As well as a basic salary which rose from pounds 455,000 to pounds 575,000, Mr Wilson cashed in options netting him a profit of nearly pounds 446,800 in 1996. This brought his total remuneration to pounds 1.62m, on top of which his accrued pension entitlement was increased by pounds 73,000 to pounds 307,000 during the year.
The new pay deal was part of a general upgrading of boardroom pay at RTZ-CRA, soon to be renamed Rio Tinto, which saw the total cost rise from pounds 4.32m to pounds 6.92m. Even though 1996 was the first full-year since the merger of the group's UK and Australian arms, pre-tax profits fell from pounds 1.42bn to pounds 1.11bn in the year to December.
In the annual report, Mr Wilson described the year as "a comparatively poor one both for us and for the mining industry" after being hit by lower metal prices and exchange rate movements. But a spokesman justified the increases on the grounds that "directors took on additional responsibilities for the enlarged group in 1996".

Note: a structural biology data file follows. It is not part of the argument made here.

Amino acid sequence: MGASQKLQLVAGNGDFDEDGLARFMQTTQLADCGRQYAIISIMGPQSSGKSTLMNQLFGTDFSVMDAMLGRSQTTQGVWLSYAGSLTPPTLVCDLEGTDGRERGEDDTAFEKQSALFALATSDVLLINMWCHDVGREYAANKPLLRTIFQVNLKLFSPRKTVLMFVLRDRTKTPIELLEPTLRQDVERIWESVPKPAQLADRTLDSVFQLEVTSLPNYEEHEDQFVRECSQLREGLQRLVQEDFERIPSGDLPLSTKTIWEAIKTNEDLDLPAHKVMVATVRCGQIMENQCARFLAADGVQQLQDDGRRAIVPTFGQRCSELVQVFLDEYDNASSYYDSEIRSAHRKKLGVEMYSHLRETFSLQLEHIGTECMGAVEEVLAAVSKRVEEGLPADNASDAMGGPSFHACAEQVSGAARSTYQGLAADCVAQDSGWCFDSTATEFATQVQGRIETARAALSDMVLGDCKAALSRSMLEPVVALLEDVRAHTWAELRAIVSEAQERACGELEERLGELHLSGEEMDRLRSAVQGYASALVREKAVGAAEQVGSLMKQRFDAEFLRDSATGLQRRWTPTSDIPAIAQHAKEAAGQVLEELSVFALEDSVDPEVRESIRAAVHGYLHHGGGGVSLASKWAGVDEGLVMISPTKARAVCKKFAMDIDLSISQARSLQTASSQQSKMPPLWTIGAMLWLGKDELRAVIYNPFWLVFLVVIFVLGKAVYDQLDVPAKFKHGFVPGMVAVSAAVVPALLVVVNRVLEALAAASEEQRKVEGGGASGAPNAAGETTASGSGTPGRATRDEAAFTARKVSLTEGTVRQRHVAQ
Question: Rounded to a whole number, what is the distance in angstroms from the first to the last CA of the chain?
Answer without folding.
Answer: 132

Mr Wilson stepped up from the chief executive's position in January following the retirement of the previous non-executive chairman, Sir Derek Birkin.
RTZ merged its operations with those of its 49 per cent- owned associate CRA in December 1995. No money or assets changed hands in the deal.
Last year's remuneration figures were complicated by the decision of the board that no options granted under a previous scheme should remain outstanding after two replacement plans came into force. As a result, executive directors with outstanding options cashed them in during the first four months of 1996.
In addition to his option profits, Mr Wilson picked up a pounds 238,000 bonus from the so-called mining plan, which measures RTZ's performance against 15 other international mining companies, and pounds 350,000 from the "FTSE plan", which pits the group against 47 other top companies in the UK's 100 biggest groups.